Swiss Post profits slip 5% as staff benefit costs riseOTHER NEW

Swiss Post profits slip 5% as staff benefit costs rise

Friday, March 22nd, 2013

Swiss Post saw higher staff benefits eating into its profits last year, but said in a challenging economy it nevertheless achieved a “good result”.

The national postal operator said yesterday that revenues remained stable on CHF 8.6bn (EUR 7bn) for the 2012 year, but group profit slipped 5% on last year’s result to CHF 859m (EUR 704m).

Swiss Post said the profit drop was “primarily” caused by higher employee benefit expenses, but that productivity improvements had limited the impact.

Growth in parcel and transport revenues also helped alleviate the profit pressure.

Swiss Post’s operating margin fell two tenths of a point to 10.4%, with the company’s investments increased 3% to CHF 443m (EUR 363m) during the year.

The company is now planning to use CHF 100m (EUR 82m) from its profits to contribute towards its pension fund, while a CHF 200m (EUR 163m) dividend will be paid to Swiss Post’s sole shareholder, the Swiss Confederation.

Communications division

Swiss Post’s communication division – including its PostNail, Swiss Post Solutions and post office network – saw its operating profit fall 45% to CHF 61m (EUR 50m) as a result of the staff benefit costs.

Addressed mail volumes continued to fall, by 1.8% in 2012 compared to 2011, but Swiss Post’s unaddressed mail volumes grew 51% as the result of its acquisition of DMC Group.

PostMail, the domestic mail unit, saw its revenues slip 1% to CHF 3.1bn (EUR 2.5bn), with operating profit sinking 30% to CHF 178m (EUR 146m) thanks to the benefits issue, which took a sharp affect in this unit because of its high dependence on labour.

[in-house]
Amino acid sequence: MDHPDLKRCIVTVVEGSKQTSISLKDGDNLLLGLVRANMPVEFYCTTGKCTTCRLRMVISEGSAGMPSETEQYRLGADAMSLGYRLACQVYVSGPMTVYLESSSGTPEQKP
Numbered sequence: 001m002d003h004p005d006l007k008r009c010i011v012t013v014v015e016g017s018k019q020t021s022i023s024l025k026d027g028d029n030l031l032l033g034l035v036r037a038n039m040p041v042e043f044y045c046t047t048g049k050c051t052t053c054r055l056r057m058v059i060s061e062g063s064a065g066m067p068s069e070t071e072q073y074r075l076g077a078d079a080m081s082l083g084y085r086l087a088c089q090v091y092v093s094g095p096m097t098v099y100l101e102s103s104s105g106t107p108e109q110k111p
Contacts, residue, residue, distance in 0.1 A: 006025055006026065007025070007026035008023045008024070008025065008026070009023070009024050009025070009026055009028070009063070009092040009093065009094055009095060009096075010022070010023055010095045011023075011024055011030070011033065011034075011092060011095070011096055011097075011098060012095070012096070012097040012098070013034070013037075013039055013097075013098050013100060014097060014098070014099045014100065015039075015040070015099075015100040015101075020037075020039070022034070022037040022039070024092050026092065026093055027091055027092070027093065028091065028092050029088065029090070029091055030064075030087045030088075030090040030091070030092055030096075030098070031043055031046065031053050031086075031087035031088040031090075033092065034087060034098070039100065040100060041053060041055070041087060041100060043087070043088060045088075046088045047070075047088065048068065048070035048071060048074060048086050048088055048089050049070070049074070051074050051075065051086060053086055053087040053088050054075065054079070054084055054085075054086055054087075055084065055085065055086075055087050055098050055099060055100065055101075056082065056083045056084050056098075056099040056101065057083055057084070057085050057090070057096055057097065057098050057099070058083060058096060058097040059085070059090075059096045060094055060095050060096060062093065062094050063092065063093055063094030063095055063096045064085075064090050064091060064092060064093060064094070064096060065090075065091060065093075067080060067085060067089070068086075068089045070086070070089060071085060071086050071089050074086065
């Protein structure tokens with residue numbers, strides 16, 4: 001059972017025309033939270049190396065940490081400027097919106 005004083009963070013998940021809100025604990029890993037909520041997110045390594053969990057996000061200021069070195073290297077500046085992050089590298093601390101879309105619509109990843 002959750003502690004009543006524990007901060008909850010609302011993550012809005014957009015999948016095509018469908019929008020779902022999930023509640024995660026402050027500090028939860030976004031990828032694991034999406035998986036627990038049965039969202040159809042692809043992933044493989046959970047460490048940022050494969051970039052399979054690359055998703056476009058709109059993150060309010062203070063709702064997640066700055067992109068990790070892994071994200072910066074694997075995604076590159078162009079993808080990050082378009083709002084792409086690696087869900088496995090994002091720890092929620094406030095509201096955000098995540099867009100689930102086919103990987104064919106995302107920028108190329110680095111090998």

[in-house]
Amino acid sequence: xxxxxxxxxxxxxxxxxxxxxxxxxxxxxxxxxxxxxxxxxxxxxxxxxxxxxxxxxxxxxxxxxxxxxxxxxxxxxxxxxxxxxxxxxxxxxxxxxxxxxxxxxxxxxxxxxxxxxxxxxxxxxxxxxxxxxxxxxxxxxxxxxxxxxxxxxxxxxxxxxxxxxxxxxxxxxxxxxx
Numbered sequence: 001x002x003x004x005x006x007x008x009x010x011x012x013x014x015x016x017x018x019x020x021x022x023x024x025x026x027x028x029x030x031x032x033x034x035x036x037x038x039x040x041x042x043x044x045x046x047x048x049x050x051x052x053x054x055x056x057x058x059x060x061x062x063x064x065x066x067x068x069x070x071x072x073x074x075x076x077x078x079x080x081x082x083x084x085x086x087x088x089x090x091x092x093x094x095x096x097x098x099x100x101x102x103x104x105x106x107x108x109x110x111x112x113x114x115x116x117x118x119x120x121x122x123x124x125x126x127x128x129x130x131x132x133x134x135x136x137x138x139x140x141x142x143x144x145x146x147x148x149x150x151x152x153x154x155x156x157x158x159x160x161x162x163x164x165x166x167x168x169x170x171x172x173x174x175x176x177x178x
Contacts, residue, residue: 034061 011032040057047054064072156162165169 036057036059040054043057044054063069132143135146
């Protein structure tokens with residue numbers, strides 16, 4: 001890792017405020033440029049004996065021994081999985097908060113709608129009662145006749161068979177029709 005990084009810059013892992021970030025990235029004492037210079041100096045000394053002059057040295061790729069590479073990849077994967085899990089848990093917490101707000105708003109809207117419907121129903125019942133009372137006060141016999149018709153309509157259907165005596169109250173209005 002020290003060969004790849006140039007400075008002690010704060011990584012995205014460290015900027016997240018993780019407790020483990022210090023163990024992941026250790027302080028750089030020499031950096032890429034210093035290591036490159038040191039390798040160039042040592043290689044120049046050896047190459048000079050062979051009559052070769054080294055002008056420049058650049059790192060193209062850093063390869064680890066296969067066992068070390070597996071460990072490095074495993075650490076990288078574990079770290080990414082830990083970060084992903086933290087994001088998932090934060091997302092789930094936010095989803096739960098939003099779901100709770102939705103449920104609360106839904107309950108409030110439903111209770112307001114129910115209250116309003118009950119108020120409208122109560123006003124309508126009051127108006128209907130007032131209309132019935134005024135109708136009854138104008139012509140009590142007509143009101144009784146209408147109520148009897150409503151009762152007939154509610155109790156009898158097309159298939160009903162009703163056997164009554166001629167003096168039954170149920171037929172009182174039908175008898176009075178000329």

Swiss Post Solutions, the business communications unit, saw its revenues stable on CHF 547m (EUR 448m) for the year, but operating profit fell 72% to CHF 3m (EUR 2.5m) for the year as operations were restructured.

Swiss Post’s post office unit reduced its losses from last year’s CHF 151m (EUR 124m) to CHF 120m (EUR 98m) in 2012, with revenue edging down 1% to CHF 1.69bn (EUR 1.38m). The company said the “significant improvement” came from a cost-cutting drive, which more than made up for declining sales and increased staff costs. Sales of non-postal brand-name items performed well, but the retail division suffered from the continuing declines in letters being mailed and payments made.

Logistics

Swiss Post’s logistics division saw its revenue growing 2% to CHF 1.5bn (EUR 1.23m) thanks to a 4.1% increase in parcel volumes.

Parcel volumes were helped by e-commerce activity and partly from Swiss Post regaining import parcel processing business from Germany.

However, staff benefit costs hit operating profits, which slipped 6% to CHF 152m (EUR 125m).

In Swiss Post’s other divisions, its retail finance unit saw its operating profit up 6% to CHF 627m (EUR 514m), with revenues slipping 3% to CHF 2.4bn (EUR 1.97bn), with a challenging economy hitting interest rates and making investments less profitable. Passenger transport unit PostBus saw its revenue up 8% to CHF 778m (EUR 637m), with a CHF 6m (EUR 4.9m) operating profit that wasn’t comparable to last year because of changes in the unit’s accounting.

Conversion

Swiss Post is converting into a Public Limited Company – remaining wholly owned by the state – from June.

The company said yesterday that in its new form, it will have three subsidiaries – Post CH Ltd, PostFinance Ltd and PostBus Switzerland Ltd. PostFinance is expecting to be issued with a banking licence and will become operationally independent with its own board.

Anticipating the new PLC structure, Swiss Post said it has obtained a credit rating from the agency Standard & Poor’s, with “good ratings” of AA+, while PostFinance has a rating of AA.

The company commented: “As a public limited company, Swiss Post’s goal will be to continue to provide its customers with first-class services in all four markets. The company expects the challenges resulting from the markets and technological change to become tougher. Swiss Post Ltd will face these challenges by continuing to develop its core business to meet the needs of customers, exploiting identified growth options, further optimising its costs and pursuing a market-driven pricing policy.”

Source: Post&Parcel/Swiss Post

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